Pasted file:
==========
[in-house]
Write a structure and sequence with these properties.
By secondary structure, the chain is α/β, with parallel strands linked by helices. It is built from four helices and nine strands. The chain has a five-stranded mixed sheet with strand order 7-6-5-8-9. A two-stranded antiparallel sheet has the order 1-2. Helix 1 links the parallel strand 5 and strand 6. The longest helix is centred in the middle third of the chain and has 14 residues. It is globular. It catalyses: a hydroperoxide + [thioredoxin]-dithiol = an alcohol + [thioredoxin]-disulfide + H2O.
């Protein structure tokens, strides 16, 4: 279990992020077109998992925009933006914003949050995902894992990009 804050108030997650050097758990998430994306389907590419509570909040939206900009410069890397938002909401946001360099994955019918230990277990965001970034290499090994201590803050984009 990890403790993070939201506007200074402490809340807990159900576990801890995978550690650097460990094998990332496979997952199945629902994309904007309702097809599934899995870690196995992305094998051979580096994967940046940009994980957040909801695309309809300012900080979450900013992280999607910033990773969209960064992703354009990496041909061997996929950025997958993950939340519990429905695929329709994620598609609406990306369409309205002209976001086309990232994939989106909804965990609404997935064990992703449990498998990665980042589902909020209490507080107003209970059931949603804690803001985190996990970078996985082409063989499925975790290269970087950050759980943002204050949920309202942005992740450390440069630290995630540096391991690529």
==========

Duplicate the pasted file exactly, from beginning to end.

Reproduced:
[in-house]
Write a structure and sequence with these properties.
By secondary structure, the chain is α/β, with parallel strands linked by helices. It is built from four helices and nine strands. The chain has a five-stranded mixed sheet with strand order 7-6-5-8-9. A two-stranded antiparallel sheet has the order 1-2. Helix 1 links the parallel strand 5 and strand 6. The longest helix is centred in the middle third of the chain and has 14 residues. It is globular. It catalyses: a hydroperoxide + [thioredoxin]-dithiol = an alcohol + [thioredoxin]-disulfide + H2O.
């Protein structure tokens, strides 16, 4: 279990992020077109998992925009933006914003949050995902894992990009 804050108030997650050097758990998430994306389907590419509570909040939206900009410069890397938002909401946001360099994955019918230990277990965001970034290499090994201590803050984009 990890403790993070939201506007200074402490809340807990159900576990801890995978550690650097460990094998990332496979997952199945629902994309904007309702097809599934899995870690196995992305094998051979580096994967940046940009994980957040909801695309309809300012900080979450900013992280999607910033990773969209960064992703354009990496041909061997996929950025997958993950939340519990429905695929329709994620598609609406990306369409309205002209976001086309990232994939989106909804965990609404997935064990992703449990498998990665980042589902909020209490507080107003209970059931949603804690803001985190996990970078996985082409063989499925975790290269970087950050759980943002204050949920309202942005992740450390440069630290995630540096391991690529």